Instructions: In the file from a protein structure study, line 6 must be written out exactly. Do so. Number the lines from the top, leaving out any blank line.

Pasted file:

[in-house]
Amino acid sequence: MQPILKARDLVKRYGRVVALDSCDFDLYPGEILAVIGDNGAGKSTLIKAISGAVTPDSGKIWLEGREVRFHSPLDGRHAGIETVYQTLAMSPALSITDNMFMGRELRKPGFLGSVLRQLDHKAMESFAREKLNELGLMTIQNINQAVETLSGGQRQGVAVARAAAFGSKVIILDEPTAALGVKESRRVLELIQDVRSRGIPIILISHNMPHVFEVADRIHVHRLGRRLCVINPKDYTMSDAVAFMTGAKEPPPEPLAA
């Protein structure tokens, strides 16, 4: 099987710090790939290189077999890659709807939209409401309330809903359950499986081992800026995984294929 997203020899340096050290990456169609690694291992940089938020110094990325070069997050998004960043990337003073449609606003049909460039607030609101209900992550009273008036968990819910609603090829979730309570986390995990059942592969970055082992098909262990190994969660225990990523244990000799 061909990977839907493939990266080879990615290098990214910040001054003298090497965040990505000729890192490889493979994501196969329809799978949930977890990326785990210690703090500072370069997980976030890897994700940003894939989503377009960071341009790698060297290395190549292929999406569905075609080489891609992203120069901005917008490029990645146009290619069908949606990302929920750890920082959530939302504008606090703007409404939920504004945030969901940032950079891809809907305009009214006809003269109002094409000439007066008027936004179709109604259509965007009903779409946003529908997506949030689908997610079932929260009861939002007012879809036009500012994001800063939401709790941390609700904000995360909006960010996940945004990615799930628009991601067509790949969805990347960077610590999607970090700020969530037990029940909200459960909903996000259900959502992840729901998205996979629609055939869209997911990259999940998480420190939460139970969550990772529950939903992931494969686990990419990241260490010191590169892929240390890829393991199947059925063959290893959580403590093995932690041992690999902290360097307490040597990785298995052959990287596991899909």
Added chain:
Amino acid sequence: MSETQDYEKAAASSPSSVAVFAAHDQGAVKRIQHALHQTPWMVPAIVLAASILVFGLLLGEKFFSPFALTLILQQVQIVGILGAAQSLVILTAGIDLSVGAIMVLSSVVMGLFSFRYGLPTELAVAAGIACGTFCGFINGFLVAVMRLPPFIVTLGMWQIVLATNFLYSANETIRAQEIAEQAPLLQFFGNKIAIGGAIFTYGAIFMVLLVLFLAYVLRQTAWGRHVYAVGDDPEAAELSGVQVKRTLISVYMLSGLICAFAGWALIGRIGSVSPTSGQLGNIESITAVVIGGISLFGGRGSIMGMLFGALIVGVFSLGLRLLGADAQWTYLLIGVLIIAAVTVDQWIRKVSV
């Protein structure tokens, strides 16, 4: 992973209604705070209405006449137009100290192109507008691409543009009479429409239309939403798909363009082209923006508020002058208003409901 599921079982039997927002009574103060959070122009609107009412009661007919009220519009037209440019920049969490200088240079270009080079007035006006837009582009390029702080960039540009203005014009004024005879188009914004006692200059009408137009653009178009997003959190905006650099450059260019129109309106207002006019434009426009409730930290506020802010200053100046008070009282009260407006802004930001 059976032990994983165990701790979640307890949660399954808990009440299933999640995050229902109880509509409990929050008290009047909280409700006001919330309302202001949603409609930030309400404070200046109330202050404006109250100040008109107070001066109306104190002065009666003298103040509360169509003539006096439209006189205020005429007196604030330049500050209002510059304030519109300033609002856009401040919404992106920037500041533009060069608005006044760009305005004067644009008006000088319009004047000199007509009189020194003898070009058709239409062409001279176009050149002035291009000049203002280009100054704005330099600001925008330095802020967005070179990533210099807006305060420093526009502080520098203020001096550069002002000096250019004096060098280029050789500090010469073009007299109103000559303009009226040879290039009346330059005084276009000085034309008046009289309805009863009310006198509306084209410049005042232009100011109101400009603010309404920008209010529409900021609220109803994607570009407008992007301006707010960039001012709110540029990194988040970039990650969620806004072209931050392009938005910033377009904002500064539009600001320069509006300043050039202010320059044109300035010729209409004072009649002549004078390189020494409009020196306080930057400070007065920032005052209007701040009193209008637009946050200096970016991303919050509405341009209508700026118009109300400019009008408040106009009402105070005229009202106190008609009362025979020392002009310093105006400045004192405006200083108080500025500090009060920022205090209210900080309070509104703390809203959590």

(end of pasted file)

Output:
């Protein structure tokens, strides 16, 4: 992973209604705070209405006449137009100290192109507008691409543009009479429409239309939403798909363009082209923006508020002058208003409901 599921079982039997927002009574103060959070122009609107009412009661007919009220519009037209440019920049969490200088240079270009080079007035006006837009582009390029702080960039540009203005014009004024005879188009914004006692200059009408137009653009178009997003959190905006650099450059260019129109309106207002006019434009426009409730930290506020802010200053100046008070009282009260407006802004930001 059976032990994983165990701790979640307890949660399954808990009440299933999640995050229902109880509509409990929050008290009047909280409700006001919330309302202001949603409609930030309400404070200046109330202050404006109250100040008109107070001066109306104190002065009666003298103040509360169509003539006096439209006189205020005429007196604030330049500050209002510059304030519109300033609002856009401040919404992106920037500041533009060069608005006044760009305005004067644009008006000088319009004047000199007509009189020194003898070009058709239409062409001279176009050149002035291009000049203002280009100054704005330099600001925008330095802020967005070179990533210099807006305060420093526009502080520098203020001096550069002002000096250019004096060098280029050789500090010469073009007299109103000559303009009226040879290039009346330059005084276009000085034309008046009289309805009863009310006198509306084209410049005042232009100011109101400009603010309404920008209010529409900021609220109803994607570009407008992007301006707010960039001012709110540029990194988040970039990650969620806004072209931050392009938005910033377009904002500064539009600001320069509006300043050039202010320059044109300035010729209409004072009649002549004078390189020494409009020196306080930057400070007065920032005052209007701040009193209008637009946050200096970016991303919050509405341009209508700026118009109300400019009008408040106009009402105070005229009202106190008609009362025979020392002009310093105006400045004192405006200083108080500025500090009060920022205090209210900080309070509104703390809203959590």